2015 Tax Update

As we head into the homestretch of 2014, now is a good time to provide an update for the tax-related changes you can expect for 2015.  Some of these will be purely informational; some of them should spur you to take action so you are prepared when the year begins. Social Security Social Security benefits will increase by 1.7% beginning in January to account for cost-of-living increases. For those individuals receiving Social Security benefits prior to Full Retirement Age (FRA) for Social Security, the earnings limit for 2015 is $15,720. For every $2 in earnings above the limit, $1 in SS benefits will be withheld. For employees, Social Security and Medicare tax withholding are as follows: Social Security taxes will be withheld at a rate of 6.2% for employees up to a wage base of $118,500, or a maximum of $7,347 for 2015. Medicare taxes are withheld at a rate of 1.45% for employees for all wages, with no maximum wage base. The Medicare surtax will be withheld by employers for those employees whose wages exceed $200,000, at an additional Read on! →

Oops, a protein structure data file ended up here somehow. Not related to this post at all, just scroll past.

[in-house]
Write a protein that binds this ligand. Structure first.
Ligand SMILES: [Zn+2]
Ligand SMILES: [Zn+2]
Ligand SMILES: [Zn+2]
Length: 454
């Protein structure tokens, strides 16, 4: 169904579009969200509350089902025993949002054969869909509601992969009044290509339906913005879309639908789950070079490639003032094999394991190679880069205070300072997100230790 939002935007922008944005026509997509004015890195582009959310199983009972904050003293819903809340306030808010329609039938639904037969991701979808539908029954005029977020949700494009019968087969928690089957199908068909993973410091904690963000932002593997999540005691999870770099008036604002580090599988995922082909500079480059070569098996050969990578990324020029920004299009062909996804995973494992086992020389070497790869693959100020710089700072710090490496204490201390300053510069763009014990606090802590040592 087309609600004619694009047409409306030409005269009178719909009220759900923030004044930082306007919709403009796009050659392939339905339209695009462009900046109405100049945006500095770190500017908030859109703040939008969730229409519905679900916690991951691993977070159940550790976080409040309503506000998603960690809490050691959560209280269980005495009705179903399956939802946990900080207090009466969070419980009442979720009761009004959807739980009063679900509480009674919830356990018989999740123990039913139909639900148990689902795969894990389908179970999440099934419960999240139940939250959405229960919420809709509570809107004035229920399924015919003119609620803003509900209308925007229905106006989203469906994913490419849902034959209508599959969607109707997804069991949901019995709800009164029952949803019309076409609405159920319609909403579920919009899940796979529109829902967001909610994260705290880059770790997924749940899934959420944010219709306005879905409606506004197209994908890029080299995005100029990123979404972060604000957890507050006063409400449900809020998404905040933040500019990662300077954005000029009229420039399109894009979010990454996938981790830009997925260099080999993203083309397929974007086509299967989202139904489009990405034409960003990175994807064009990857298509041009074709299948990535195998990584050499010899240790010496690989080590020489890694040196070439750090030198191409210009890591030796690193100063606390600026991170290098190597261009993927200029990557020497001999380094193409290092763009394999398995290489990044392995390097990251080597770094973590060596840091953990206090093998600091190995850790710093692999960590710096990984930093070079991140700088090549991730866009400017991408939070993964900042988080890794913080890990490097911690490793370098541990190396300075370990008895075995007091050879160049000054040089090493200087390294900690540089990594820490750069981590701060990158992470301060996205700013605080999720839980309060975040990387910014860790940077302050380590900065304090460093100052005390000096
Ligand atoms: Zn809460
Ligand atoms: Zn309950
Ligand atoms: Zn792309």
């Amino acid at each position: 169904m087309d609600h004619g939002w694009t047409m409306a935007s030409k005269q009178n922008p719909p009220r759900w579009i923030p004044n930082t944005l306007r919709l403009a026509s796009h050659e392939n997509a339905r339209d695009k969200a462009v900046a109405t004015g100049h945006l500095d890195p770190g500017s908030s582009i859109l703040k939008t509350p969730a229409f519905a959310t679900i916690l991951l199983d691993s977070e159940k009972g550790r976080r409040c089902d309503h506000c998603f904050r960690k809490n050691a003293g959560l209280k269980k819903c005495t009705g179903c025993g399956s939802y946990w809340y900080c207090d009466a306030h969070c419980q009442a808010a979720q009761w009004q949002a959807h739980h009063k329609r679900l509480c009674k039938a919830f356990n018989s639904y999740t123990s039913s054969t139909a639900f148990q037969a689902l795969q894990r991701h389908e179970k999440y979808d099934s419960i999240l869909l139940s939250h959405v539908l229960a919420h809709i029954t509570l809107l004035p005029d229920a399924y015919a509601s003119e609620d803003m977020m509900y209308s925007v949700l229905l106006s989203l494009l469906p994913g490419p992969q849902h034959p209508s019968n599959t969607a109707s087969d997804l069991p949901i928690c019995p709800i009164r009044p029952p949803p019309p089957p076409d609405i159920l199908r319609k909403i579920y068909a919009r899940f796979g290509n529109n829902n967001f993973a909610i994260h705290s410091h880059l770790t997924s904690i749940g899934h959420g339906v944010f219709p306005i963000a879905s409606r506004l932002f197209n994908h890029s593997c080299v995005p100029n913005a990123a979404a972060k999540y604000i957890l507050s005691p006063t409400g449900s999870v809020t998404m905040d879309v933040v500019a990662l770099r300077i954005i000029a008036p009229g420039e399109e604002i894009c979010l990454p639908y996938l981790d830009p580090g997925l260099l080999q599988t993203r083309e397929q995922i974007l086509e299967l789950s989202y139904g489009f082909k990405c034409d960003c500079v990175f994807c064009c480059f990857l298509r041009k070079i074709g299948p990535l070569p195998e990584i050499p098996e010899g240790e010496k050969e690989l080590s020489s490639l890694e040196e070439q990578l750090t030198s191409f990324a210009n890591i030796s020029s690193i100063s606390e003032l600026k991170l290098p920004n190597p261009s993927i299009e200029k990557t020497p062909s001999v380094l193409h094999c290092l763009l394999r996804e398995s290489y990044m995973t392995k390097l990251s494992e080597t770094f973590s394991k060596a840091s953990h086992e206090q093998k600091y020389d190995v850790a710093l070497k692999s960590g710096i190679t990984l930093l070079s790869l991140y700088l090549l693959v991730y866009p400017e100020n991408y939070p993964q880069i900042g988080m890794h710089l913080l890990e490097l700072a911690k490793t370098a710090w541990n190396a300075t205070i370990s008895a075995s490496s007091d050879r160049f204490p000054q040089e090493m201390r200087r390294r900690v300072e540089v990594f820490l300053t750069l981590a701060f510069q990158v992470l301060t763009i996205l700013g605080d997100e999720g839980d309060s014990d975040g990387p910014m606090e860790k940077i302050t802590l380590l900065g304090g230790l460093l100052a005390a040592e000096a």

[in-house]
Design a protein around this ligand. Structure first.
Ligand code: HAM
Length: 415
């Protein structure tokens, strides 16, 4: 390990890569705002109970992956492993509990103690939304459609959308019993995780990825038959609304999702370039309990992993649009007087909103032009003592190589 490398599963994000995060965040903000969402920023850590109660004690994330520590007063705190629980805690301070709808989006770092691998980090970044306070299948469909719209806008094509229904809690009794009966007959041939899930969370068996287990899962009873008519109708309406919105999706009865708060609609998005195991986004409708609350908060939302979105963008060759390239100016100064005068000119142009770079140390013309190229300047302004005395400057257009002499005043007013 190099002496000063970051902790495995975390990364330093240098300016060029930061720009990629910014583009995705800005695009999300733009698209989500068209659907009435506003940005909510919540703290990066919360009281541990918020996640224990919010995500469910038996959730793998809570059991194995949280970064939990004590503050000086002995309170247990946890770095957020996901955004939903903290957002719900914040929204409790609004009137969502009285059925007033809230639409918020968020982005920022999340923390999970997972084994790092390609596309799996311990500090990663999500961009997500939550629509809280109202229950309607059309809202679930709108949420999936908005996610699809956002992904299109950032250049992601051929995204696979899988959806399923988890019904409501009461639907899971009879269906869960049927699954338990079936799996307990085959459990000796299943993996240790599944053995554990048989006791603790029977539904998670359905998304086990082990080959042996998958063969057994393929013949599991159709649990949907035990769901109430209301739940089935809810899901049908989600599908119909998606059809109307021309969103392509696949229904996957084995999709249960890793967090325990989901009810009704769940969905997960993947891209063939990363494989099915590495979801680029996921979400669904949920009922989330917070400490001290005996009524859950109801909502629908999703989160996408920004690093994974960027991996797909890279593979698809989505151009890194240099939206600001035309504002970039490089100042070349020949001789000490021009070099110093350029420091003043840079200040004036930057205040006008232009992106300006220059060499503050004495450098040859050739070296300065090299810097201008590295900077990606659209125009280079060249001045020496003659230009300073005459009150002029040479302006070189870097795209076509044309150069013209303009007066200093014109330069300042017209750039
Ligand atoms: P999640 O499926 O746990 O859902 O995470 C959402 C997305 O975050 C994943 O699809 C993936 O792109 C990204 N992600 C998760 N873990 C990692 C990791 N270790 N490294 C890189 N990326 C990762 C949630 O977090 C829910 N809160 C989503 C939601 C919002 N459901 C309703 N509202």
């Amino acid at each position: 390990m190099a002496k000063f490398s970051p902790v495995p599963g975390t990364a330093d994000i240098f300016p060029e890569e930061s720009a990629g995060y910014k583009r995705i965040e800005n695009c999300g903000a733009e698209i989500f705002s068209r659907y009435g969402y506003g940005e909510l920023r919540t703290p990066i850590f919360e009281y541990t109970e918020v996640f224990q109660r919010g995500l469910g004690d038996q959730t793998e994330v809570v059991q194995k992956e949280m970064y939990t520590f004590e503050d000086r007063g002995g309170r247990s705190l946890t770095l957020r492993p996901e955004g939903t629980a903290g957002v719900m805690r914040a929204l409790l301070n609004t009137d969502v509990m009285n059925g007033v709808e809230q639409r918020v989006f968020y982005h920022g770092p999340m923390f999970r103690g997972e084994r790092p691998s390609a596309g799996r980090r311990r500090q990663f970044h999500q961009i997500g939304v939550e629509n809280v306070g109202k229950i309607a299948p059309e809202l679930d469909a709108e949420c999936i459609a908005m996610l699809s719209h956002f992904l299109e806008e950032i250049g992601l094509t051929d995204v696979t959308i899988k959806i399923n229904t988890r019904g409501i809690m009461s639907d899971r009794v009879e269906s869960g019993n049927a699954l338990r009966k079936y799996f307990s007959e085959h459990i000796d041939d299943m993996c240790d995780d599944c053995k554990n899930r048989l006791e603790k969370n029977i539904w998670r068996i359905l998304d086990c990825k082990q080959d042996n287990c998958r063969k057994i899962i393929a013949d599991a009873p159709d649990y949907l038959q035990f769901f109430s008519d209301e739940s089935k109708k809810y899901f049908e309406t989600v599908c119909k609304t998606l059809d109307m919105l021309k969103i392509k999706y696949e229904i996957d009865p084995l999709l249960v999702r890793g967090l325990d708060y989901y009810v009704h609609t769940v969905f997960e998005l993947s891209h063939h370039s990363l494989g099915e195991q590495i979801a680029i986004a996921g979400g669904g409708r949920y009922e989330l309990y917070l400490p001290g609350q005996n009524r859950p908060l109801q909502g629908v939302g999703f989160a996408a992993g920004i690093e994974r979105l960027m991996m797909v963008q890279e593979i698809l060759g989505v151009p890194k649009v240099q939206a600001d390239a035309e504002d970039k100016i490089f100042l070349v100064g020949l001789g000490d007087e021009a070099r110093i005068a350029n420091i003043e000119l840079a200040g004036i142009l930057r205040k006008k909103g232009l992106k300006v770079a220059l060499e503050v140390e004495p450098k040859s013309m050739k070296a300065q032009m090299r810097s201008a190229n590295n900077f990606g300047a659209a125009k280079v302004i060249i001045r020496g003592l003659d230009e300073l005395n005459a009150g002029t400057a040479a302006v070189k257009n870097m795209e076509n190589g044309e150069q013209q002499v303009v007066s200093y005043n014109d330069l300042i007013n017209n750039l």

2015: New Rule for After-Tax Contributions to Your Qualified Retirement Plan

Will a tax incentive motivate you to save more? The reality for most is a resounding, YES. If this sounds like you, you may be interested to learn about a new rule regarding after-tax contributions that may affect your 401(k) Plan in 2015. A recent ruling by the IRS may give many small business owners and high wage earners incentive to contribute more to 401(k) plans.  Beginning in 2015, eligible employees will be allowed to shift after-tax 401(k) contributions directly to a Roth IRA upon separation from service.  For individuals who can easily exceed 401(k) pretax contribution limits or income limits for Roth IRA contributions, this means there is a new option for additional retirement savings and the potential for substantial tax savings during retirement. The Roth IRA Advantage In 2015, couples earning $193,000 or more and individuals earning $131,000 or more are not eligible to directly contribute to a Roth IRA.  For couples and individuals whose earnings are under these thresholds, contributions up to $5,500 (plus $1,000 “catch up” if 50 or older) per year are allowed. The advantages Read on! →